There is a well documented childhood phenomenon that compels small children to ignore their shiny, new toys and play with the boxes and wrapping paper. Likewise, while traveling I have learned that my kids will completely shun the laboriously packed travel bag for mundane and simple activities. There is nothing that takes the wind out of your mommy sails like hauling around 20 pounds of gear only to have your toddler find contentment in a roll of tape. After some trial and error, I discovered the activities that packed entertainment power and I wanted a way to keep these items together and ready to go.
Enter the Traveling Toy Tube. You will need a cardboard mailing tube with removable ends to make your own capsule of wonder. Add just a few simple items from around the house and you will have a traveling toy with limitless possibilities. We use our traveling tubes on airplanes and car trips, but they work just as well for doctor's offices and other long waits. I also love to give these as gifts to adoptive parents traveling overseas to pick up their new family members.
1. Construction Paper. Five to six pieces of brightly colored paper can be rolled together and placed inside the tube.
2. Tape. Scotch tape works fine, but thin rolls of colored tape can be extra fun.
3. Safety Scissors. Pick a pair that will work for both little and big hands.
4. Sheets of Stickers. Peeling and sticking stickers can be an endless fascination for little hands. Stick the stickers on the paper or on your hands and faces. Save some stickers to decorate the outside of your tube.
5. Paintbrush. Add a little water to a paper cup and set your little one loose painting with water onto colored construction paper. The designs left by the water are as gratifying as paint, but delightfully mess free. Older preschoolers can draw large shapes with water and then practice fine motor skills as they tear along the lines. With a dry brush, paint your child's body parts as you name each part or draw shapes on their hand.
6. Colored straws. Oh, the learning possibilities with straws! You can count them or group them by color. Let your kids use the scissors and cut them into segments. Then match the segments by length or arrange from shortest to longest. Use straws to make shapes and letters. Little ones enjoy dropping the straws into the tube one by one and then dumping to start the game again. For older kids, teach them to bend one end of a straw in half so that it can be inserted into another straw, making a long chain. Place a splotch of water onto a piece of paper and blow through the straw to spread the water. Blow scraps of paper across the table.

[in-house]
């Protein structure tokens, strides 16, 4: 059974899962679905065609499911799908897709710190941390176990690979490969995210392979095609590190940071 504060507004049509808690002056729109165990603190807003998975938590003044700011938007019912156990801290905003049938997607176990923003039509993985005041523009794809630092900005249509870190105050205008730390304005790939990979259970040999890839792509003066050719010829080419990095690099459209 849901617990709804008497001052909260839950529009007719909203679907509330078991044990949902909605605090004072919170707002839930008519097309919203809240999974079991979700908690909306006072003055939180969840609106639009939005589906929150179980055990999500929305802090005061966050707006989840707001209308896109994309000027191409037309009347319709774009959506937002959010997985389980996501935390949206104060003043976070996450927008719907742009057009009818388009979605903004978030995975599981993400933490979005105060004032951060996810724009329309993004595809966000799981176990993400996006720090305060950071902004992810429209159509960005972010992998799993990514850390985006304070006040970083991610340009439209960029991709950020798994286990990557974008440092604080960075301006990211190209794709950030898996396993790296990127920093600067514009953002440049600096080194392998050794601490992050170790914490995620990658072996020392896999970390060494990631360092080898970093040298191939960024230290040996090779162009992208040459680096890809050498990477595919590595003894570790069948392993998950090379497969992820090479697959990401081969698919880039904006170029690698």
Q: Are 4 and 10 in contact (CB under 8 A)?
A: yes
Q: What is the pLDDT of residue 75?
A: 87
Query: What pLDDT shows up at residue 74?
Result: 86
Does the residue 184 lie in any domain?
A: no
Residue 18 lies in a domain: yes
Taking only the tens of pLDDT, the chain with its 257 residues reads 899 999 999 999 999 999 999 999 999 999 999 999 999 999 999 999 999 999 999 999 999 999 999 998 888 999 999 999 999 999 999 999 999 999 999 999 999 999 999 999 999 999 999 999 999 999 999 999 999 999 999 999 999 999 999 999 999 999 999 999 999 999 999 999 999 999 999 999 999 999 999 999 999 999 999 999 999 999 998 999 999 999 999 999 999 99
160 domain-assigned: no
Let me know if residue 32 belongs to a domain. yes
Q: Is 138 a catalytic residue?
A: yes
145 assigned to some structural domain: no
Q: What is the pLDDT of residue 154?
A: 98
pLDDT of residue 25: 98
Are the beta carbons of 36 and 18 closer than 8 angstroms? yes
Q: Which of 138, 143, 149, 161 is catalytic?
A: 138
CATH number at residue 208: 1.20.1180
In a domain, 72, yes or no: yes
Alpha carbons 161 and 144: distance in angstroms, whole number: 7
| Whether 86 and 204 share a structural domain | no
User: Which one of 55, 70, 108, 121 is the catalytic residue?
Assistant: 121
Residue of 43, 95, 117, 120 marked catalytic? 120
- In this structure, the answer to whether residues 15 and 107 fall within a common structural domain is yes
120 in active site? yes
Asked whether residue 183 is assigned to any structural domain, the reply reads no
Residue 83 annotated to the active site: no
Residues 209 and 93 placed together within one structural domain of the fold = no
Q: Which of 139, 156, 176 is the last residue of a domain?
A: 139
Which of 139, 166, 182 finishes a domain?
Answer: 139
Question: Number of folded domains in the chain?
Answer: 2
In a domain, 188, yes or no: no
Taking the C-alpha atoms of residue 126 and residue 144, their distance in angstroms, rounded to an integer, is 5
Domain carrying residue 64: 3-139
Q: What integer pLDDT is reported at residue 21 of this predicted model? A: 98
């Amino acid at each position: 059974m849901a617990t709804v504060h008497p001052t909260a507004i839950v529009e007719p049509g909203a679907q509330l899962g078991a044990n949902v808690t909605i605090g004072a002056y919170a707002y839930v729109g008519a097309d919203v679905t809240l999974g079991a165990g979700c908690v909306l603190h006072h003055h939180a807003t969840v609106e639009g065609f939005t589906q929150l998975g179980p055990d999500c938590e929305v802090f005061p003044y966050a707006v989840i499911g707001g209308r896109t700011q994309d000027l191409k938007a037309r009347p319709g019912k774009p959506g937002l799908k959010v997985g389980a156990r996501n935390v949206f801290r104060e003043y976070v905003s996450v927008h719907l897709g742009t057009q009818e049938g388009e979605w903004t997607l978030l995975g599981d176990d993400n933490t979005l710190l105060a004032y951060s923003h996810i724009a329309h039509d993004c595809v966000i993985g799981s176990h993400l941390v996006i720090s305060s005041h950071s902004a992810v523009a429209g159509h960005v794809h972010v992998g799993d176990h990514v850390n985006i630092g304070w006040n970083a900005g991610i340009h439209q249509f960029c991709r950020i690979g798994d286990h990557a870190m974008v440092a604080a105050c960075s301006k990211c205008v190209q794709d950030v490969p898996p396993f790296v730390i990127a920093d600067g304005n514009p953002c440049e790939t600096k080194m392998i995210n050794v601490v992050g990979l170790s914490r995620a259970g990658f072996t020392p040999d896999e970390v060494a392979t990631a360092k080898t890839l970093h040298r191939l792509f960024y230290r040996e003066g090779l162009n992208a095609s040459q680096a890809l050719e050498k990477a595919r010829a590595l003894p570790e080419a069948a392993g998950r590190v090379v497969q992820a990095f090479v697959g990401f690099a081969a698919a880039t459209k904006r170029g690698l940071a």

7. Pipe Cleaners. Pipe cleaners have just as many possibilities as straws. Count them, sort them, bend them, shape them, drop them in and pour them out. For a fun new game, form a few pipe cleaners into squares and circles. Then, make a chain of three or four pipe cleaners and form a hook at the end. Set your little one free to use the hook to scoop up the squares and circles. Cheerios or fruit loops can be strung onto the pipe cleaner for a fun (and edible) fine motor activity. Form pipe cleaners into large rings. Hold a straw in one hand and encourage your child to play a game of ring toss.
8. Pompoms. Another great manipulative for sorting and learning. Sort by color or drop into the tube and dump again and again. Use rings formed from pipe cleaners and play a game by tossing the pompoms into the rings.
9. Silk Scarves. Play scarves are one of my favorite toddler toys. They are just so luxurious and enticing and full of possibility. Play peekaboo, or use them to hide toys. Play dress up. Tie them end to end and play tug of war or thread through your mailing tube. Teach your child to fold. Together, grab the corners of the scarf and use as a mini parachute with pom poms in the middle. Wave them wildly for a silent way to get the wiggles out.
10. Mini Flashlight. When the fun of pushing the button wears off, you can play all kinds of games that will have a new level of fun with a flashlight. Use the flashlight to play I-Spy with a favorite book. Make shadow puppets on the wall. Count your child's fingers and toes by shining a light on each one. Name your body parts as you illuminate with the mini light.
What would you add to the Toy Tube? I would love to hear your ideas.